20. What’s your worst memory of a video game?

Good contrasting question to the above and well, gave it some thought and honestly my only answer can be Mario Galaxy. I was seduced by the allure of Motion Controls, playing Wii Sports was such a genius move by Nintendo to shift the units to a demographic perhaps jaded with the status quo. The concept of replicating actual motions in my wrists with the screen worked in sport, but, honestly that was where it only worked and the attraction faded. Gradually perhaps, over time with an almost non existent library of games the Wii, a successful console was a dud, helped perhaps by backwards mgcompatibility from the Gamecube in extending its lifespan as much as it did. The greatest annoyance was the forced, motion control use without being able to use traditional controllers, not for some hardware restriction, seemingly by choice as other titles were granted dispensation to allow traditional control practise. That annoyed me, and when the flagship Mario title launched, as fun as waving your arms about in mid air were, for a moment, you yearned to be able to sit down and just play it with a controller. Nintendo in their infinite wisdom never granted that option and it just became a game I wanted to enjoy but couldn’t for some ideological reason. That pissed me off, it did then, it still does today. For all the ills of modern gaming, studios will respond when there is a call to fix a broken mechanic, Nintendo never seem to shift, sometimes for the best, others, such as this just felt like a stubborn refusal to allow traditional control input to the user as and when they required.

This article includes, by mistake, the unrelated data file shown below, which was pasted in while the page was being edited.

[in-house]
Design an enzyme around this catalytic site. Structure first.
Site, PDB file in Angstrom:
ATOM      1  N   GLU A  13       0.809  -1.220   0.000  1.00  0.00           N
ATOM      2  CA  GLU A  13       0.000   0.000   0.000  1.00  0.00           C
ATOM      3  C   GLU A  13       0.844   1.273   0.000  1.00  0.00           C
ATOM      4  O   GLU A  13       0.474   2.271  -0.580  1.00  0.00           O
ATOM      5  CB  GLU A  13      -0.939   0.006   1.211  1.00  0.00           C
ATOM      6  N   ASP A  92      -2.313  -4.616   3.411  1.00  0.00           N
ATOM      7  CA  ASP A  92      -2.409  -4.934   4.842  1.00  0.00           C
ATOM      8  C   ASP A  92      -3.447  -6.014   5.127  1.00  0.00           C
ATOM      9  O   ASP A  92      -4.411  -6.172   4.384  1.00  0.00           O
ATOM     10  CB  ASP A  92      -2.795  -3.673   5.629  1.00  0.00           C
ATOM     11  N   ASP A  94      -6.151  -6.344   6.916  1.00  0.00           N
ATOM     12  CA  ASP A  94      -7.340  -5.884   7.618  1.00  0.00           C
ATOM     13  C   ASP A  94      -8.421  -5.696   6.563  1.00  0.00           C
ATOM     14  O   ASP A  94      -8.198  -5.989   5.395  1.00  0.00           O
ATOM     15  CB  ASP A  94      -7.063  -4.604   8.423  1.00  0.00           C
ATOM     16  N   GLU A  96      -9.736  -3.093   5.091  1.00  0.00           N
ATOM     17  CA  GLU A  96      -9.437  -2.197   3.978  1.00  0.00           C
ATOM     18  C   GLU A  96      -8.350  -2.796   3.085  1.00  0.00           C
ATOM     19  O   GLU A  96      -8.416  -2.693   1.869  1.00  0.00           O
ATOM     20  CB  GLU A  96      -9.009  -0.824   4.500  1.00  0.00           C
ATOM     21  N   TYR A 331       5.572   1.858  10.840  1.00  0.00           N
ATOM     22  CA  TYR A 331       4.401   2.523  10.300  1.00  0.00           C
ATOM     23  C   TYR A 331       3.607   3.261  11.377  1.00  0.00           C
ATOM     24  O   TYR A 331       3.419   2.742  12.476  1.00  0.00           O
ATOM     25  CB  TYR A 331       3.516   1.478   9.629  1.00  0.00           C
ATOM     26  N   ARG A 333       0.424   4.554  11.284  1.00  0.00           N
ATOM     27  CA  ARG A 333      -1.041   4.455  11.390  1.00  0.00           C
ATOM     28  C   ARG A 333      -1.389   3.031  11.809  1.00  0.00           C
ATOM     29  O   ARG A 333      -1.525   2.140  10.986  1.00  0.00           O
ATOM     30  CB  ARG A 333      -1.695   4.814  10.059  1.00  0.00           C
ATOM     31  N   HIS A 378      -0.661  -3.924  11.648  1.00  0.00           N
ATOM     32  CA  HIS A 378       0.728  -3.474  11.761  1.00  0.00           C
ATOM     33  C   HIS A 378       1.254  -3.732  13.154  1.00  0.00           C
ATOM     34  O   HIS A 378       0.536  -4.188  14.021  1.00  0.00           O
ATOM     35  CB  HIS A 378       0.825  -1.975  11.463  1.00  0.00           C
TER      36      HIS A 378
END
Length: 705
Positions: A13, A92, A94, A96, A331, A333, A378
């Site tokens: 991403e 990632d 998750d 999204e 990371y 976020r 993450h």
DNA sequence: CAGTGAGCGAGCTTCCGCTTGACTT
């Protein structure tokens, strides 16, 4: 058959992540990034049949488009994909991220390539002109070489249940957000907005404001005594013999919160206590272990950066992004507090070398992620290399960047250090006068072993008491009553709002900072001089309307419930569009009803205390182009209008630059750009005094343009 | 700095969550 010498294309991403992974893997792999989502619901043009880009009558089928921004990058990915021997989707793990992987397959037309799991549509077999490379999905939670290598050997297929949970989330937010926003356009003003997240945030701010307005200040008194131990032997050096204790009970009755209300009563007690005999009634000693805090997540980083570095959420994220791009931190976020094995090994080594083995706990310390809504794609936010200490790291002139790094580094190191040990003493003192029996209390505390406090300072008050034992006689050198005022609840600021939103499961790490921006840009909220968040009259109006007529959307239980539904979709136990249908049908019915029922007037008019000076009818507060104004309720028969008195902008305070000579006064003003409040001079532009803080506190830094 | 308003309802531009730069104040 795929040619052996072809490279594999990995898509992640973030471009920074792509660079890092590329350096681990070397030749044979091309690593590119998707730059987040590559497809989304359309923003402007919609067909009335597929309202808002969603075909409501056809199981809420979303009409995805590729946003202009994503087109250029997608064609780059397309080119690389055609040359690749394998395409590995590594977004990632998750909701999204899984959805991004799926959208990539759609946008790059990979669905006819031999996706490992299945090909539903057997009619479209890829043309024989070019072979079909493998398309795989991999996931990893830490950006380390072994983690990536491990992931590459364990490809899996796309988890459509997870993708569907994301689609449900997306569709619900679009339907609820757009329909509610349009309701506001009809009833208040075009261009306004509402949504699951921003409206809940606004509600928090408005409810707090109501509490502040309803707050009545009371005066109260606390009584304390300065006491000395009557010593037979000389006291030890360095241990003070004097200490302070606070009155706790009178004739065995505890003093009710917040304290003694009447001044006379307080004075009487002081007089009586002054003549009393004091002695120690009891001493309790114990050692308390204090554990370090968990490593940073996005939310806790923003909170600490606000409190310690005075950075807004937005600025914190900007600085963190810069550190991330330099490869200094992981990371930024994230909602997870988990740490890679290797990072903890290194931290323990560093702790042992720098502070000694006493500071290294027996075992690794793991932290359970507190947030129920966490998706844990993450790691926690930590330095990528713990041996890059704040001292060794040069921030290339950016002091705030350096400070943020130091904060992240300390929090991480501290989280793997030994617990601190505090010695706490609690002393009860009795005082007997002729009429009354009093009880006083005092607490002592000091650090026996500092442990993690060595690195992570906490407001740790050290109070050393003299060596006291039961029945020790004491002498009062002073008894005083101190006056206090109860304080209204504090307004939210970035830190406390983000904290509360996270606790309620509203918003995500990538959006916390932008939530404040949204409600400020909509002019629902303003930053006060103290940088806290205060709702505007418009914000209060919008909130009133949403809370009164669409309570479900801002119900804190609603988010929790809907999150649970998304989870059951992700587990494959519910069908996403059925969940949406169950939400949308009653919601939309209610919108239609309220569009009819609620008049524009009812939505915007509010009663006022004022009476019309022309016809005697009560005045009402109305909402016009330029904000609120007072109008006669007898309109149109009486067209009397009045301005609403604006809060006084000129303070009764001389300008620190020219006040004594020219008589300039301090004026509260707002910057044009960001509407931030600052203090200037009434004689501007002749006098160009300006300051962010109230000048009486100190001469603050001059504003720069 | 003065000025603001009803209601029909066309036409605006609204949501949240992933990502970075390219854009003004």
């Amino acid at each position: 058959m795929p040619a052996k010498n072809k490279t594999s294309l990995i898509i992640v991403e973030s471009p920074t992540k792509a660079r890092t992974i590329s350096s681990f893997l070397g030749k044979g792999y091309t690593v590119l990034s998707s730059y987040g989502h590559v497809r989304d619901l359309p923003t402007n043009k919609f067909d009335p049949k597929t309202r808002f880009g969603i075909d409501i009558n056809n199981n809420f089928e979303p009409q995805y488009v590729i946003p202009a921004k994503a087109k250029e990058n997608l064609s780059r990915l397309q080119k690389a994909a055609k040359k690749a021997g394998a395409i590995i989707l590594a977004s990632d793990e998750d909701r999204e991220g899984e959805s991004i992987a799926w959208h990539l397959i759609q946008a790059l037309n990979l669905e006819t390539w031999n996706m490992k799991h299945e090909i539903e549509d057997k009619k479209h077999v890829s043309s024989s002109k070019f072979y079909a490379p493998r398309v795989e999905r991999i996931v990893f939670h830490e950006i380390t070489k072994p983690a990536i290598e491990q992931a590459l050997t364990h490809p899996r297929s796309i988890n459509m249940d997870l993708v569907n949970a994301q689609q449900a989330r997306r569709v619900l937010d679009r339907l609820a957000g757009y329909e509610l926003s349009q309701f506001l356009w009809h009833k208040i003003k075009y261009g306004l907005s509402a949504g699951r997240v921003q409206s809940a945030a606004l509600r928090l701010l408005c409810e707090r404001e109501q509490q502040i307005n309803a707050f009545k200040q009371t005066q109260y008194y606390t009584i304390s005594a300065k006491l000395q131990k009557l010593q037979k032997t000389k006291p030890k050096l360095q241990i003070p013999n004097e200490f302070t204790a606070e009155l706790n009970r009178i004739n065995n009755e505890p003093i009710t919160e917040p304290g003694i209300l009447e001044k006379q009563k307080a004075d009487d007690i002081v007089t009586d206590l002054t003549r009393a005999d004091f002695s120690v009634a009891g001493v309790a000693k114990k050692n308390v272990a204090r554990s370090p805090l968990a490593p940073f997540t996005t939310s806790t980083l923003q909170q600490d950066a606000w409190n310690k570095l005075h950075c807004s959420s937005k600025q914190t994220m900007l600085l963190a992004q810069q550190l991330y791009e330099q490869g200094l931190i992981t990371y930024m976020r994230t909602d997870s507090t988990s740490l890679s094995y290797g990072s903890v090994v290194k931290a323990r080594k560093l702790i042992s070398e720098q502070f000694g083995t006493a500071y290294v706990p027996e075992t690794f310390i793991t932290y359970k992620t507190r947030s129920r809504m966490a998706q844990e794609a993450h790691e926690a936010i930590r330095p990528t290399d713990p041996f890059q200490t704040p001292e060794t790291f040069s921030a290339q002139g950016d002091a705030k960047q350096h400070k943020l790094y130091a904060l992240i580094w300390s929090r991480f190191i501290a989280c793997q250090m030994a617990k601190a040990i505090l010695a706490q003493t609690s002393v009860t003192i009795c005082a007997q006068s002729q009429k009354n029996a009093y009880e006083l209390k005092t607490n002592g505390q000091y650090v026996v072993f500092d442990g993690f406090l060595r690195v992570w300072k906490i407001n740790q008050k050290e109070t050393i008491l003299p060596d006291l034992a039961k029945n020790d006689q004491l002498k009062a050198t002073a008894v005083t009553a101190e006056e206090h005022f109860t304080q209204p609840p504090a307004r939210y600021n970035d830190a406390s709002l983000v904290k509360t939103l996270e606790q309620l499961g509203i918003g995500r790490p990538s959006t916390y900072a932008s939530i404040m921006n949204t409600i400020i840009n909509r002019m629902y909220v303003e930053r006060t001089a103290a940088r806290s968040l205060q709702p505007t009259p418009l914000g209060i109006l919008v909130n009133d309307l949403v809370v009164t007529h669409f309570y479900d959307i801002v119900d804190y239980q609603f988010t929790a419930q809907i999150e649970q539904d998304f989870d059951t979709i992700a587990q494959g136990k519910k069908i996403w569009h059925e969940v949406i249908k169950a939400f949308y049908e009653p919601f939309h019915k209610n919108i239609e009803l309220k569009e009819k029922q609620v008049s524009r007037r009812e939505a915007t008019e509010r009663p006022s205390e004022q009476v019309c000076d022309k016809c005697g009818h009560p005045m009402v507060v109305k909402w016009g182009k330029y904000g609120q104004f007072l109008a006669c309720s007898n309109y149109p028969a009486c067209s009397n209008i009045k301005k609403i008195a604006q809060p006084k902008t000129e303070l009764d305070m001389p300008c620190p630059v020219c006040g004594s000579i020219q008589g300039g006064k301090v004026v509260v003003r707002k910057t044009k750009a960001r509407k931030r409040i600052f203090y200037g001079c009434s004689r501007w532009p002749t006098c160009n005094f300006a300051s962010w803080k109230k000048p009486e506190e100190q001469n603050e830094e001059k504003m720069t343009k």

21. Which video game character do you see yourself as, or if you had to be represented by a video game character, who would it be?